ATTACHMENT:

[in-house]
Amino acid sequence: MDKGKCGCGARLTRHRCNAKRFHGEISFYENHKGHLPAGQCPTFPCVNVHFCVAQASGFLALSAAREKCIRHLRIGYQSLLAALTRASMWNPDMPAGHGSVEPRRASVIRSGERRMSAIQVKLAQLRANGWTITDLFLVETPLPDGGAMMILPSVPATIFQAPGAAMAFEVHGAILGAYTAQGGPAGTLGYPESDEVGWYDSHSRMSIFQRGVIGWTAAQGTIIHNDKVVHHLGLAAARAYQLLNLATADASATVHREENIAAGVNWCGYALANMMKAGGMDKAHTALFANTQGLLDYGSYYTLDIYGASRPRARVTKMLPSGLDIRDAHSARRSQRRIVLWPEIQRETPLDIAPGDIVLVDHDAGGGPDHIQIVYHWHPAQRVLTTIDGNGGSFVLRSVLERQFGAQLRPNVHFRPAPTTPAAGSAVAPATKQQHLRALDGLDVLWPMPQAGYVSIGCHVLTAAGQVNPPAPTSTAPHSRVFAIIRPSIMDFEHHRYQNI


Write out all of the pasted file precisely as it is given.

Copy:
[in-house]
Amino acid sequence: MDKGKCGCGARLTRHRCNAKRFHGEISFYENHKGHLPAGQCPTFPCVNVHFCVAQASGFLALSAAREKCIRHLRIGYQSLLAALTRASMWNPDMPAGHGSVEPRRASVIRSGERRMSAIQVKLAQLRANGWTITDLFLVETPLPDGGAMMILPSVPATIFQAPGAAMAFEVHGAILGAYTAQGGPAGTLGYPESDEVGWYDSHSRMSIFQRGVIGWTAAQGTIIHNDKVVHHLGLAAARAYQLLNLATADASATVHREENIAAGVNWCGYALANMMKAGGMDKAHTALFANTQGLLDYGSYYTLDIYGASRPRARVTKMLPSGLDIRDAHSARRSQRRIVLWPEIQRETPLDIAPGDIVLVDHDAGGGPDHIQIVYHWHPAQRVLTTIDGNGGSFVLRSVLERQFGAQLRPNVHFRPAPTTPAAGSAVAPATKQQHLRALDGLDVLWPMPQAGYVSIGCHVLTAAGQVNPPAPTSTAPHSRVFAIIRPSIMDFEHHRYQNI